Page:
Syria is rejecting a United Nations plan to rewrite the country’s constitution. The country’s foreign minister said foreign interference won’t be tolerated.
U.N. special envoy Steffan de Mistera was paying his final visit to Damascus before stepping down next month.
CGTN’s Alaa Ebrahim has more on the meeting.
It was outside a hotel in the heart of the Syrian capital that the press corps camped for hours waiting for the U.N. envoy to Syria, Staffan de Mistura, to arrive.
It is expected to be the U.N. official’s last visit to Damascus before he leaves his post at the end of November.
De Mistura came to discuss the formation of a committee to draft a post-war constitution. The committee will reportedly include around 150 members, divided into three groups. The government is supposed to select the first group-opposition leaders, the second. According to de Mistura, the third group is supposed to be comprised of “Syrian experts,” representatives of “civil society,” and “independents, tribal leaders and women.”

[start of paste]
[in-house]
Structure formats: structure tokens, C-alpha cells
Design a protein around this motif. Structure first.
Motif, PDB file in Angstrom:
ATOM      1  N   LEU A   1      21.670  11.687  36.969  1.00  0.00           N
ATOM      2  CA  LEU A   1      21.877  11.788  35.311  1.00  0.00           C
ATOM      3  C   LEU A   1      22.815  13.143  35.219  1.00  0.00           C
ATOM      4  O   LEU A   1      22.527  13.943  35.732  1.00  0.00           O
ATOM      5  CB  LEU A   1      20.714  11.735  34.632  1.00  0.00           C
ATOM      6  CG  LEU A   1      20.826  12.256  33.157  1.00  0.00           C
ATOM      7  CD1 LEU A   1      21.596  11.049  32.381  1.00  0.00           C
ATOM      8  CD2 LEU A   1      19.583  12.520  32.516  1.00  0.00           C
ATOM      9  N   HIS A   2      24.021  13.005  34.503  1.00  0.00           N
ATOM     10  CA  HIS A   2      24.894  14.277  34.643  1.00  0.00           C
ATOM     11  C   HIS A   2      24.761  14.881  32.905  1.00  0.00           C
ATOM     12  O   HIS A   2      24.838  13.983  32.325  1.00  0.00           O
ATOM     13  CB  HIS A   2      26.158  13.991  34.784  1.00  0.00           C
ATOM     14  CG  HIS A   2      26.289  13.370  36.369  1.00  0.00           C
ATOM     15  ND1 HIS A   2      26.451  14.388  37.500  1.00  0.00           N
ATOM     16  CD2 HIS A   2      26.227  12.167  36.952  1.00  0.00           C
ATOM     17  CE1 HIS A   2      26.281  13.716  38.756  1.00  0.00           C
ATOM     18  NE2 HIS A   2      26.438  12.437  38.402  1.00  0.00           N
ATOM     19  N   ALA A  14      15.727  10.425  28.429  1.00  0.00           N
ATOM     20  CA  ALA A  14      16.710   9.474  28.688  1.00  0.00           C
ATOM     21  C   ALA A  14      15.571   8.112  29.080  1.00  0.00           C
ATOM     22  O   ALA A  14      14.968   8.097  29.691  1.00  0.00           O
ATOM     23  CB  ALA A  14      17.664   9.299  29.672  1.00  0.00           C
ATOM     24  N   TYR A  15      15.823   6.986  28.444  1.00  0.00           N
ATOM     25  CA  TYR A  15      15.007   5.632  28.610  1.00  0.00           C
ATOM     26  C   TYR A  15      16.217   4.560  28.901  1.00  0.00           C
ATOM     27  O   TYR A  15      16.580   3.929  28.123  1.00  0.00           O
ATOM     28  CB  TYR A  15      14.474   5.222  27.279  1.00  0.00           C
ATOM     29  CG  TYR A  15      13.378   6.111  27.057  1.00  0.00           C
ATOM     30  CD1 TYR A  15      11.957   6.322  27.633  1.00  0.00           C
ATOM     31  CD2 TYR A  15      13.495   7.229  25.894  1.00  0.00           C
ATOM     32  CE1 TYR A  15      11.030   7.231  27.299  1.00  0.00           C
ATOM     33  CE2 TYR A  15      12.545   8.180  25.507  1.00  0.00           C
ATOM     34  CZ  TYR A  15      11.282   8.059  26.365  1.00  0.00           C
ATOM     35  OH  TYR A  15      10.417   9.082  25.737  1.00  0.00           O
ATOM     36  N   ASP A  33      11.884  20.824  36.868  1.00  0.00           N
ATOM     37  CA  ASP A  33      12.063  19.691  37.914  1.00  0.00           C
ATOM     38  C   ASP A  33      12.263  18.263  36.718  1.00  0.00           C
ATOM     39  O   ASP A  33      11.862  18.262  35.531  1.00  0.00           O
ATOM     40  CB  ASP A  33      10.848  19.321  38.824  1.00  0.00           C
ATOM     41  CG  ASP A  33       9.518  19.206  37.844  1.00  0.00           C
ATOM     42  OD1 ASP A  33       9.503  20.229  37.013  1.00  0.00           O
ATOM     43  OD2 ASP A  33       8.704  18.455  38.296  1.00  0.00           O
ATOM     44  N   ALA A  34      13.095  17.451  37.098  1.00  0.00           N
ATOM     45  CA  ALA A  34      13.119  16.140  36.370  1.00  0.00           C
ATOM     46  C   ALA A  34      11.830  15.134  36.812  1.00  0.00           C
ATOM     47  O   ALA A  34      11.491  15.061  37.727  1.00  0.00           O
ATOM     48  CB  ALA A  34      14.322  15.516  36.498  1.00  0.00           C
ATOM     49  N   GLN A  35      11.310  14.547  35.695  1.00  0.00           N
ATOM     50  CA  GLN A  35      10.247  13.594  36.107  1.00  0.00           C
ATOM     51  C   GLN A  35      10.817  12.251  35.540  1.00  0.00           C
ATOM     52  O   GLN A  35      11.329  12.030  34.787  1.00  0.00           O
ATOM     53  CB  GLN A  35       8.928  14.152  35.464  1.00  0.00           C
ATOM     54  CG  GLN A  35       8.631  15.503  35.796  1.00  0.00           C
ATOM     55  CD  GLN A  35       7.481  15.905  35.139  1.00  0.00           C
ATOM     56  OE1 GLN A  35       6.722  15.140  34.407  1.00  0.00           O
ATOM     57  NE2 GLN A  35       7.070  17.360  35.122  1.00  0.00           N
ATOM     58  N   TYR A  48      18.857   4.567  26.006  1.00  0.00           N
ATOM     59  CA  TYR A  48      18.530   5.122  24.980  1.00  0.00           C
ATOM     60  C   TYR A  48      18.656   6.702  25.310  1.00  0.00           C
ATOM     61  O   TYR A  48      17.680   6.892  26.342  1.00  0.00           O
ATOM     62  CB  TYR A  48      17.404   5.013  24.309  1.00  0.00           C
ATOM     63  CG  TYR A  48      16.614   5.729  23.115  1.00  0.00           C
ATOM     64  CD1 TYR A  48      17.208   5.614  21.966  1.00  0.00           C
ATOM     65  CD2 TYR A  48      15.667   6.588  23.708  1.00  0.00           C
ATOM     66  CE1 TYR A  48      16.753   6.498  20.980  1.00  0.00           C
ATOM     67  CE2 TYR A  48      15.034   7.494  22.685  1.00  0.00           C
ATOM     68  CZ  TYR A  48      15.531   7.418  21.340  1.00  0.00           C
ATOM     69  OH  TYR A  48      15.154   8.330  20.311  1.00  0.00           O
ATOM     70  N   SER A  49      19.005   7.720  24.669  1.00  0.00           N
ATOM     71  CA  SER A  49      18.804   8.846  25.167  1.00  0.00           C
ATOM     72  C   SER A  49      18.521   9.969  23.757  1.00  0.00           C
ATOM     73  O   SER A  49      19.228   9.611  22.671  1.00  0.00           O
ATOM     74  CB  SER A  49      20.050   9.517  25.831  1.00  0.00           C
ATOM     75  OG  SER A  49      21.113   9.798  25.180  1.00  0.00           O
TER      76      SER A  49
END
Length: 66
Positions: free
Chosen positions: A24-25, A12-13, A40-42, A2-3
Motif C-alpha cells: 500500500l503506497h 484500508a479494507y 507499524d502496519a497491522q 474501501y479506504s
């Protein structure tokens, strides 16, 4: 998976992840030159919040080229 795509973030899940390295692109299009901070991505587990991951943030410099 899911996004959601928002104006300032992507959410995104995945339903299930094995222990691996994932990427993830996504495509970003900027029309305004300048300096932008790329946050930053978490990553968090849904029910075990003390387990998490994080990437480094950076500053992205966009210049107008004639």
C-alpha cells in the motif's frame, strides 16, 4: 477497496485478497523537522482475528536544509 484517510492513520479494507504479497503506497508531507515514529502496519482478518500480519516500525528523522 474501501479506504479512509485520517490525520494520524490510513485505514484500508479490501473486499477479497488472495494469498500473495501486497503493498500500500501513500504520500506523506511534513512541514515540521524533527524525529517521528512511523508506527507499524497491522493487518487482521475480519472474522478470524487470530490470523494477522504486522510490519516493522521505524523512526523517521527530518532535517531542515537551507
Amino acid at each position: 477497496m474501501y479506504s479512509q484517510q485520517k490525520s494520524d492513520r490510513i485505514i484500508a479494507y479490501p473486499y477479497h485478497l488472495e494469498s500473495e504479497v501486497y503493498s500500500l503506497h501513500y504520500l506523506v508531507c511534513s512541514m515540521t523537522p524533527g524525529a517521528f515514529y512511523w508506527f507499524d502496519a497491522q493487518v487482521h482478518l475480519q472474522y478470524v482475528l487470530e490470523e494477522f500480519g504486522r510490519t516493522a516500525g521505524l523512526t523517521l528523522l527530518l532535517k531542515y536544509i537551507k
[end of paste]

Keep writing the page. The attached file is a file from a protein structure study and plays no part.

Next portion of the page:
Damascus said a political solution should be led by and implemented by the Syrians themselves. Syrian officials say de Mistura is assuming a bigger role than he should, based on U.N. Security Council Resolution 2254-the U.N.’s “Road Map for Peace” in Syria. The resolution states: “The Syrian people will decide the future of Syria.” However, according to the U.N.’s interpretation of the resolution, the U.N. will choose a third of the committee. The composition of this third group is the main obstacle to an agreement.